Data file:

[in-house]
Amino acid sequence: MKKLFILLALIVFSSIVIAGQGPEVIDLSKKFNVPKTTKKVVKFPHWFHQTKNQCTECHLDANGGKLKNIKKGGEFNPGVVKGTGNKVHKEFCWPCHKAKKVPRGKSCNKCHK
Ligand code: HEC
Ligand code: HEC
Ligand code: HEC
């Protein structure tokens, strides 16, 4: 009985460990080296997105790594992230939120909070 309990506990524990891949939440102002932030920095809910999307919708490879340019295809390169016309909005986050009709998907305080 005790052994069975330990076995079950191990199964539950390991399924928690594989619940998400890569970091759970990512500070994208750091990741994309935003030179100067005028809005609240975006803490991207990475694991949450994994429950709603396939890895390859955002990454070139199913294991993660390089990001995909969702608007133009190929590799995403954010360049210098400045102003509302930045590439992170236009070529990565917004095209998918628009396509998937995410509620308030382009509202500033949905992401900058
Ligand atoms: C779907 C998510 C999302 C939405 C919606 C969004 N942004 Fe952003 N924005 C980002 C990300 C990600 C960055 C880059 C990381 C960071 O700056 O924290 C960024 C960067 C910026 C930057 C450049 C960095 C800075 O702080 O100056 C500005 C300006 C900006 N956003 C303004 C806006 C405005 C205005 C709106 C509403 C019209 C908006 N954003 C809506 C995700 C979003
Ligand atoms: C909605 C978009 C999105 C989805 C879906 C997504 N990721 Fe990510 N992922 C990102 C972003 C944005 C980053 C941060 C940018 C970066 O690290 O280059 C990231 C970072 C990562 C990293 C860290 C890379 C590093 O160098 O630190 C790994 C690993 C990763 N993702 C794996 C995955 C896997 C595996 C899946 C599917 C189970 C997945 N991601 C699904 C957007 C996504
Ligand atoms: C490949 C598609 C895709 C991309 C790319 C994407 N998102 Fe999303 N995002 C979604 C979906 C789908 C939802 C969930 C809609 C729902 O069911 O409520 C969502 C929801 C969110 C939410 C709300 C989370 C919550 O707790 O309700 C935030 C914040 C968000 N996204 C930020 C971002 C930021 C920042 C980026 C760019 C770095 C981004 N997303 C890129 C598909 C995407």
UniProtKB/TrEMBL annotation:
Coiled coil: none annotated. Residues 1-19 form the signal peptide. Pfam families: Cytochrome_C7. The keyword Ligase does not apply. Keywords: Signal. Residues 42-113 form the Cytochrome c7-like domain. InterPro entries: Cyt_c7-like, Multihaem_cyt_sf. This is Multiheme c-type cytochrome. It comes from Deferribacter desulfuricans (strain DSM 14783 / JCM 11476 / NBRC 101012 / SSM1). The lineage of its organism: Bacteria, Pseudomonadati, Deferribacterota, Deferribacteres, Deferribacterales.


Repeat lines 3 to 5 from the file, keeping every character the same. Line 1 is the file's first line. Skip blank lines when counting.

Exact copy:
Ligand code: HEC
Ligand code: HEC
Ligand code: HEC